Doomsday Preppers: Jeremy

Our next featured prepper is Jeremy, from somewhere. That’s right, no last name or location. Which means that so far, he’s either the only one smart enough to not want to broadcast his preparations to the world, or the only one who doesn’t have something to gain from appearing on the show.
This one’s pretty light on content, but hey, I can always find a jumping-off point to chip away at The Mess.
The issue he claims to be preparing for is a collapse of society resulting from peak oil. “When the pumps go dry, people won’t be able to go to work; when that happens, infrastructure starts to fail.” What’s wrong with the scenario Jeremy outlines? Here’s a good place to examine some of the issues (which are all profoundly interrelated, of course) at the heart of modern civilized life.
Because our educational system is essentially based on a prison model, its main motivation is to keep children out of the job market until graduation. Because 95% of the material taught in schools is unnecessary for real life, students graduate with no real survival skills (because when the food is under lock and key at the grocery store, you don’t need to know how to find or grow it, only how to get the green pieces of paper to buy it). If you were to take away people’s jobs—or, in the case of oil shortages, the means to travel to those jobs—they would be unable to provide for themselves, having no skills that would enable them to survive, in a system that requires money to acquire food.
This, I think, is the real motivating fear behind conventional end-of-the-world types: that a disaster will cause modern  infrastructure to collapse, resulting in waves of jobless—and therefore moneyless, homeless, and foodless—people, and the terrifying possibility that they will be among that ravenous, helpless horde would truly be the end of the world for them.
If that scenario scares the shit out of you, you’re probably pretty damn civilized. Because if you described to me someone who had no permanent home, had no money in his pockets, and no discernable occupation, I’d say it sounds a whole lot like a Neanderthal, or a nomadic Amerindian, but that could be a Bushman or a hobo just as easily. Ask a tribesman what he does for a living and he’ll look at you as if you had two heads, because tribal societies don’t differentiate life from occupation, the same way they don’t distinguish life from religion. Life is their occupation, as is their religion. And unfortunately, as the Neolithic lifestyle has continued to snowball for ten thousand years, people of Our culture have assumed that Our way is the One Right Way For People To Live, and anyone doing something different needs to be converted/reeducated/neutralized.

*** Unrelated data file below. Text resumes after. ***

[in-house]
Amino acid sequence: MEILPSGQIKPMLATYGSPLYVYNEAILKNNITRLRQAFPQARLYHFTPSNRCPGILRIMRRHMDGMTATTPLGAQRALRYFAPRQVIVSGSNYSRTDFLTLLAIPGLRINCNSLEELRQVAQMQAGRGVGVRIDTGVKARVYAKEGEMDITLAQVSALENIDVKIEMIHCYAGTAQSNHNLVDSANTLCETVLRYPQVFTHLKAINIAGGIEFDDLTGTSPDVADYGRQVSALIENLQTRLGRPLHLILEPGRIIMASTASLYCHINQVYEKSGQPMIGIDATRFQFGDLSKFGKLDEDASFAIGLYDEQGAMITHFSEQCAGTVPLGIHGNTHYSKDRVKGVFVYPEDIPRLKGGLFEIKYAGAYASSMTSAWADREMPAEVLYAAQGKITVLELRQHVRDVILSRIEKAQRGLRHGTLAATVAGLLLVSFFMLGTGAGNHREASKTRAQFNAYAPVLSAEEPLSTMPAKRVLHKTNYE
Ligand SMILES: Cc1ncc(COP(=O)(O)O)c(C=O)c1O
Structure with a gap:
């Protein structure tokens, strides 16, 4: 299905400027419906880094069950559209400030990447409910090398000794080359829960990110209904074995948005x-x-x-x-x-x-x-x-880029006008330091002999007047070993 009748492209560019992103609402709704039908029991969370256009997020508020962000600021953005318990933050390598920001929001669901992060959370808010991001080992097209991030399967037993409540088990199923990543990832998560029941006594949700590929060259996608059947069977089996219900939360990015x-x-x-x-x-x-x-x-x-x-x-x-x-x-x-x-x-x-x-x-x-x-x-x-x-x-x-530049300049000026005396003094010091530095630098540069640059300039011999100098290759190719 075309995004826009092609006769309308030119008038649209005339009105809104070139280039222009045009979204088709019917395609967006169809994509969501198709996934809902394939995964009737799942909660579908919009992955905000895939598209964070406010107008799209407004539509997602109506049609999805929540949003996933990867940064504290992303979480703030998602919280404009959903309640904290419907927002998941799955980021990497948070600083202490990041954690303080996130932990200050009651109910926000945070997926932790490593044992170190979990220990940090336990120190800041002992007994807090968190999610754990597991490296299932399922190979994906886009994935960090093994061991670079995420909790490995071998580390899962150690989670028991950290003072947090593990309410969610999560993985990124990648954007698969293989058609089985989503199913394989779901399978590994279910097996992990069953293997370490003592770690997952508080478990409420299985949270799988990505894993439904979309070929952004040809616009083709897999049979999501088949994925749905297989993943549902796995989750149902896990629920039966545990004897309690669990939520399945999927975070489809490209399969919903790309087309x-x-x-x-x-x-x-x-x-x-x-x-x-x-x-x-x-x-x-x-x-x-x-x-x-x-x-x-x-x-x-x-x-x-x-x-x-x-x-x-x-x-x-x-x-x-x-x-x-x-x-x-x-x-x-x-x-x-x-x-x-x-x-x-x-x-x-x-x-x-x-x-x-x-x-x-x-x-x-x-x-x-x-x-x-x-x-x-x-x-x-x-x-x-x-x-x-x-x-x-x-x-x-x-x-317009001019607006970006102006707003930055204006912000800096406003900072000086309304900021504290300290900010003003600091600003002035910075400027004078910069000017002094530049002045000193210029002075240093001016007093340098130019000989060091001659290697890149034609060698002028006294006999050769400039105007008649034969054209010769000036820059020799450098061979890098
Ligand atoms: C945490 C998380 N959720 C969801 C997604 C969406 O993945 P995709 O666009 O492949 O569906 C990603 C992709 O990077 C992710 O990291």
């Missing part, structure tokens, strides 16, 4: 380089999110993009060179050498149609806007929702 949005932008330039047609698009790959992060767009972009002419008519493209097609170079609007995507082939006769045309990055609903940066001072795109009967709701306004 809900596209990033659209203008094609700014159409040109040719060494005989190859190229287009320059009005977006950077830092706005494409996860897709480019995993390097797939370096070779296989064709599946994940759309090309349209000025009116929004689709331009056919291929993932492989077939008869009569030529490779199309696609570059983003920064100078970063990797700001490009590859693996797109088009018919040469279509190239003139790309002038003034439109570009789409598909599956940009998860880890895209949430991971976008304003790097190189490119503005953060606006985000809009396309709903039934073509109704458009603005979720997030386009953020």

Fuck, man. This stuff is so completely interconnected that I have a degree in it, and I still have trouble breaking it down so that it’s palatable for the masses. Just have an open mind and read the Daniel Quinn books. Please.

Where were we? Right, Jeremy and his wife filter water to make Hot Tub Hot Chocolate, which is sure to be a favorite beverage of the post-apocalyptic world. Mmmmm!
He brings up something I’d never heard of before: getting antibiotics from the pet store for cheaper stockpiling. Apparently fish and people use the same medicines. Huh. Who knew?
Jeremy has also bought an M35 2-½-ton truck for use as a ‘bug-out vehicle’. Drives it around. Woo, burning fossil fuels for entertainment. Also, I would think that driving a big tan army truck to evacuate would just attract unwanted attention.

Something that was did surprise me during this segment: during a commercial break, there was an advert blatantly targeting preppers, for Wise Company food buckets. I’m really surprised it’s taken them until this far into the season to run this kind of ad.

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One response to this post.

  1. Posted by Jeremy on 10 June, 2012 at 10:22

    Jeremy here… your point that our army truck could attract unwanted attention, is true, thankfully it’s about a 2 minute drive before we can turn off into the mountains and be very very hard to find. And yes the truck does burn fossil fuels, but we only drive it once or twice a month, the rest of the time I’m driving a Chevy Volt, which is charged from the Solar panels on our home’s roof. All in all, I think we are doing our part to “green” up our transportation pretty well, in spite of owning a huge fuel guzzler.

    Reply

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